The amount of money you get from Social Security hinges on different factors. Those include the number of years you spend earning a paycheck, what your income looks like, and the age you decide to claim benefits at.
Meanwhile, some seniors make plans to delay their Social Security claims until age 70. Doing so means snagging a higher monthly benefit for life.
That’s something I’d like to do. But my retirement plans do not hinge on it for one big reason.
When life gets in the way
Recently, I had cleared up my schedule to spend an entire day hammering out articles in an effort to get ahead on work. Only instead, I wound up suffering from a health issue that landed me in the hospital for 24 hours. Needless to say, it was not the productive workday I’d hoped it would be.
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Why am I sharing this story that clearly has nothing to do with Social Security? It’s simple. My point is that we can plan for certain things related to retirement and do our best to see those plans through. But sometimes, life just plain gets in the way.
That’s why as much as I’d like a higher Social Security benefit, I’m not assuming I’ll get one. Granted, I’m doing my best to continuously build skills in an effort to work as long as possible. That could make it possible for me to delay my filing to score the maximum monthly benefit my personal earnings history entitles me to.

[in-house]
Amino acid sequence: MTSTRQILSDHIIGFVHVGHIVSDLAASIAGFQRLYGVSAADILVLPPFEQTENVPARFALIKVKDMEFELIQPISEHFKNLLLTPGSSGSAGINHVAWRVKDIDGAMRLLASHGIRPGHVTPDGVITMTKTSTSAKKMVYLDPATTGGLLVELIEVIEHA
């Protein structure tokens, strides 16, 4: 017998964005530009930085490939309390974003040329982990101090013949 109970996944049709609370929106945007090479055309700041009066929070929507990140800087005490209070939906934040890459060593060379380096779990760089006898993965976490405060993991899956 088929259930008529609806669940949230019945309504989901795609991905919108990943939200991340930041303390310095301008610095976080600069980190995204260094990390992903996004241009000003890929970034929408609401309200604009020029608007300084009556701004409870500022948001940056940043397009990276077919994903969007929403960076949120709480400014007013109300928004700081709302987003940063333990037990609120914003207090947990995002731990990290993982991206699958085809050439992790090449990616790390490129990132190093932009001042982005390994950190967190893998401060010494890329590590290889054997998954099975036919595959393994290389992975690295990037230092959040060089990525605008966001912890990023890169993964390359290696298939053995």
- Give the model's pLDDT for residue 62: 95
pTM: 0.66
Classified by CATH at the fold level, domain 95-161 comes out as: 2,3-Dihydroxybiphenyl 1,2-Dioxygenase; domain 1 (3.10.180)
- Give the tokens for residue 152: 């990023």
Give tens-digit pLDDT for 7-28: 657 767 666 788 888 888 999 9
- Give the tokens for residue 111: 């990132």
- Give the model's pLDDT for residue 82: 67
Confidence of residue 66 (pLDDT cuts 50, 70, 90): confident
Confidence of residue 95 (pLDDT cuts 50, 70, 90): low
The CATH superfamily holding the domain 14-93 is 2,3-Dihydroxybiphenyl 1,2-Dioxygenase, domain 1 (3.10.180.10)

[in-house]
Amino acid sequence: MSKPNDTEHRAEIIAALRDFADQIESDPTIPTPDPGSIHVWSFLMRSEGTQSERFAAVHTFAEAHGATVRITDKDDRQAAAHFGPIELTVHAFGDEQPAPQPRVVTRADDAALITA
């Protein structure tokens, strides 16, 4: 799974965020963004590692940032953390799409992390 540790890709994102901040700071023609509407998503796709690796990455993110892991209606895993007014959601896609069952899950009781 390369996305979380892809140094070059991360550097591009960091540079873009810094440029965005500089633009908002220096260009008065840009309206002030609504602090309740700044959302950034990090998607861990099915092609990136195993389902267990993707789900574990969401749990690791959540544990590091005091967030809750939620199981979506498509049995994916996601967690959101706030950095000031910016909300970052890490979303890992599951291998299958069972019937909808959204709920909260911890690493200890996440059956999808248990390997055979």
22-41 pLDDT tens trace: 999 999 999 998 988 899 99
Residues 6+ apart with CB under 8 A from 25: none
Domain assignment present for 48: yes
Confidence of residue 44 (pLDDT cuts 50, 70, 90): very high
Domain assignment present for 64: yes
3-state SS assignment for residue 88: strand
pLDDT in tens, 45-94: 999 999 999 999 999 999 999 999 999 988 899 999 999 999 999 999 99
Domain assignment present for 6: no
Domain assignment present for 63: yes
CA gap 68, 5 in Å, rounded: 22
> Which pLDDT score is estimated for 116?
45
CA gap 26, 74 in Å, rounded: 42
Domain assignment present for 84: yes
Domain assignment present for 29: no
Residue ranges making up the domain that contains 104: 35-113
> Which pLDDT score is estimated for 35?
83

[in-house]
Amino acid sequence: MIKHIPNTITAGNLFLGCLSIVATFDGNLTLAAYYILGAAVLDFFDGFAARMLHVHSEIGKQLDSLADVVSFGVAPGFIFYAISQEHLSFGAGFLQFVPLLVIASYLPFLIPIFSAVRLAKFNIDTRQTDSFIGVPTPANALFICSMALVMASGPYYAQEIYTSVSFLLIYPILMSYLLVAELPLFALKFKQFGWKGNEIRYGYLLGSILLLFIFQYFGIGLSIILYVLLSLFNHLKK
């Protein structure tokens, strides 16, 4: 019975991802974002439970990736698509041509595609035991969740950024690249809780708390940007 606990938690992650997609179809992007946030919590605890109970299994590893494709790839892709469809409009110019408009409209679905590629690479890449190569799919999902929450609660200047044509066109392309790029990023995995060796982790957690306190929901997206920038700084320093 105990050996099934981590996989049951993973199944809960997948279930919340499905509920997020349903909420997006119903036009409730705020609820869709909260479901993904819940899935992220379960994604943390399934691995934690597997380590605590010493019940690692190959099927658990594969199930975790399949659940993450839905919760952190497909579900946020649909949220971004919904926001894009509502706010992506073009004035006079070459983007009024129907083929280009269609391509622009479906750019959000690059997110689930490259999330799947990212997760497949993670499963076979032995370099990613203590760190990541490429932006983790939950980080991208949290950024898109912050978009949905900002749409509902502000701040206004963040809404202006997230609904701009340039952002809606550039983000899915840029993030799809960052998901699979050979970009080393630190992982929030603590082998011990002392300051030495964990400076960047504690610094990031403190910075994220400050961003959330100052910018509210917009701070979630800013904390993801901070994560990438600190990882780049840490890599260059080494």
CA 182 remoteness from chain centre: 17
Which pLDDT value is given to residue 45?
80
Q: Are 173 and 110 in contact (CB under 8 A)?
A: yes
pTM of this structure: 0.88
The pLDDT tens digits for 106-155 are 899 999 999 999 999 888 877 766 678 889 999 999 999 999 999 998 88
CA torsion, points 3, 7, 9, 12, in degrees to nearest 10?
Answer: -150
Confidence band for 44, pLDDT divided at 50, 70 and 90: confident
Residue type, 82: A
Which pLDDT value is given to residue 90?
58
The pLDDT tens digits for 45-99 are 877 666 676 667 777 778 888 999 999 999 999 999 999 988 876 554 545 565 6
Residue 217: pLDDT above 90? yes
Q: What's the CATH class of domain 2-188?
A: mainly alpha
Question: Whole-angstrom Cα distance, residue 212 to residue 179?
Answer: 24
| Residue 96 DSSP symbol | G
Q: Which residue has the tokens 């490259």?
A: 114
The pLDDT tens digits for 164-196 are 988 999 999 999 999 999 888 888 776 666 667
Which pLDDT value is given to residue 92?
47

But what if health issues get in the way of that plan, the same way they recently messed up what was supposed to be a really lucrative workday? For all I know, I’ll end up having to stop working well before age 70, to the point where I’m forced to claim Social Security early.
As such, I’m not planning for a higher Social Security benefit. Instead, I’m making every right now to max out my retirement savings plan every year. In fact, in addition to maxing out my solo 401 (k), I also try to save money beyond that, which I then invest in a regular brokerage account.
Now as a self-employed writer, my income tends to be variable, and so my savings rate tends to follow suit. But I usually do a good job of saving a pretty large chunk of my income, no matter what it happens to be. And in doing so, I do not have to stress out as much about the Social Security benefit I’m eventually entitled to collect.
Take control of your retirement
There are certain aspects of life that are just plain out of our control. And to some degree, Social Security may be one of them. And so a good bet is to maximize the savings opportunities you can control by pumping as much money as possible into your retirement plan. Doing so could make it so you’re able to fulfill your retirement goals even if your Social Security benefits aren’t as robust as you would’ve hoped they’d be.
The $ 18,984 Social Security bonus most retirees completely overlook
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